We are constantly judged by our conscience as well people around us who interpret us according to their yard stick. 

IV. TRANSFORMING KNOWLEDGE INTO WISDOM

The third component of the Philosophy of Mission is critical consideration of the existing and possible results and their implications (learning from the two thousand years of the history of the missions of Church). 

Most problems on the Mission field are not new. They are repetition of the same from the past. Likewise, no debate and consultation on the subject is also new. Many books are written and published. Our library is full of them. 

We are fortunate we have more than 2000 years of church history. We can learn from the past and shape our present. We are blessed with more than one option.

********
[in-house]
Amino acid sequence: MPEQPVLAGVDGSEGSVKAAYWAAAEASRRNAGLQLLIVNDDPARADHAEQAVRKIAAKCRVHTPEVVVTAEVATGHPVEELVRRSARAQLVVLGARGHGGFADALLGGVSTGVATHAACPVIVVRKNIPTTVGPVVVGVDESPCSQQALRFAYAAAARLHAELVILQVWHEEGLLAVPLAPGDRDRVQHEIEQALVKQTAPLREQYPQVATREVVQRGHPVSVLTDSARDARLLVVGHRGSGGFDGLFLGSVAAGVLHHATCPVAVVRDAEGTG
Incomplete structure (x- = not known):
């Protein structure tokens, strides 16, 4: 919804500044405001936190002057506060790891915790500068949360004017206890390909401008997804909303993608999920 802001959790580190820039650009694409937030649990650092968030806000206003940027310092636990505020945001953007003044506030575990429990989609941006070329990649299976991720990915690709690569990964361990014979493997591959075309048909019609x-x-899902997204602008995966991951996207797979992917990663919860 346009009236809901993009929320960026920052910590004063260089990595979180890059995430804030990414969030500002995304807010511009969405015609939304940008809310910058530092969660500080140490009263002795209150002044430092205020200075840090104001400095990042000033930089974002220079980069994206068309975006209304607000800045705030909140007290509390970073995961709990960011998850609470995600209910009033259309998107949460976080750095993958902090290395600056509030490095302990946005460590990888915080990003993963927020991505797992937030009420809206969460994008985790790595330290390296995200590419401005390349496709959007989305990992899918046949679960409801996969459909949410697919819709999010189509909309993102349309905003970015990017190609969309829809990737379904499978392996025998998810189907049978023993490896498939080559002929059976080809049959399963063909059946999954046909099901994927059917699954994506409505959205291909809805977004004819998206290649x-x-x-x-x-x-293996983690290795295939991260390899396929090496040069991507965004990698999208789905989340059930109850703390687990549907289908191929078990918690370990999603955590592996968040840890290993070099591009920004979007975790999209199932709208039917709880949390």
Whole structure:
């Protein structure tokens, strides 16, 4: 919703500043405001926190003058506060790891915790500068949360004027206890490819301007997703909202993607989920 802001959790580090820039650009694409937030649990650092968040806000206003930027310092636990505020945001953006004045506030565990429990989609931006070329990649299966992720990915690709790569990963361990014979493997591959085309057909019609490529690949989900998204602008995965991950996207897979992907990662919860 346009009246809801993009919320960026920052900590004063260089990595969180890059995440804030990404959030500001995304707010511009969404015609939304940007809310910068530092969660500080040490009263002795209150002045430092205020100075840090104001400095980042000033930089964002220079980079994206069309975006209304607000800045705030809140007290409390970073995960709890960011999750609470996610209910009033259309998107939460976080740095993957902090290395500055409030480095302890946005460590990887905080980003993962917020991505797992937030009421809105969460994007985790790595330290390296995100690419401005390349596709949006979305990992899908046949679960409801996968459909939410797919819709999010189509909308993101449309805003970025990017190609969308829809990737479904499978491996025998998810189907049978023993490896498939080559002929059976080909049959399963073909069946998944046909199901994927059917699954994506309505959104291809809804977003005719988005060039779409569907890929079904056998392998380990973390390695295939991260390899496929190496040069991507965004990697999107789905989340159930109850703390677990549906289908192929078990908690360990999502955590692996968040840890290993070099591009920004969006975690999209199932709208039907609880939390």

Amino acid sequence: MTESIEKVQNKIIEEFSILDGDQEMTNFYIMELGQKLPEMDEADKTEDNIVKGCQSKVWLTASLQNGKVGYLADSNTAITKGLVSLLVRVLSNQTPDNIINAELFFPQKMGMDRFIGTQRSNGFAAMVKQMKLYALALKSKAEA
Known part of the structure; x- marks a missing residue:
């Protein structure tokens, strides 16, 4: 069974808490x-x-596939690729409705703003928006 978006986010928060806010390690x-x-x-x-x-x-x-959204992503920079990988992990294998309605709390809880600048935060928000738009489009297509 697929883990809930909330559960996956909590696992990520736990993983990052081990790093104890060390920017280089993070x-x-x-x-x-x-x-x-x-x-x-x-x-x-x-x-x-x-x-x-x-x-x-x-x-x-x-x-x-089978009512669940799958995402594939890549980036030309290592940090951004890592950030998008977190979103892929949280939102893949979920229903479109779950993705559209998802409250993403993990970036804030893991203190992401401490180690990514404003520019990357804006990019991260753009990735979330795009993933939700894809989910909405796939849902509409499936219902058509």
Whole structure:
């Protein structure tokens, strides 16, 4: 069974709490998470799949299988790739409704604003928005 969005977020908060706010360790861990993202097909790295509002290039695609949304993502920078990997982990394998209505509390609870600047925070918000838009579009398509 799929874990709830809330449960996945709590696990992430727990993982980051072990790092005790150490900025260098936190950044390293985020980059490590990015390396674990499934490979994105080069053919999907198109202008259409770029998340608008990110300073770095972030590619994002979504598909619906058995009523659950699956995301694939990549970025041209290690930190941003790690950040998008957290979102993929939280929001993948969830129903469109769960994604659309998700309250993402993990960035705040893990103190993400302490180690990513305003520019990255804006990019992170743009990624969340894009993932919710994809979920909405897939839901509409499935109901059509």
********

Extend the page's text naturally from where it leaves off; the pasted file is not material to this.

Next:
In other words, we have options to be wiser than our predecessors. We can choose to be wise. 

It is one thing to have information but it is entirely another thing to have wisdom. There are things that may apparently look right, legal, and good and yet may cause damages that are serious in nature. Mission is not only about right theology but also ethics that is right and appropriate. 

St. Paul wrote, "All things are lawful for me, but not all things are profitable. All things are lawful for me, but I will not be mastered by anything." (1 Co 6:12 NAS)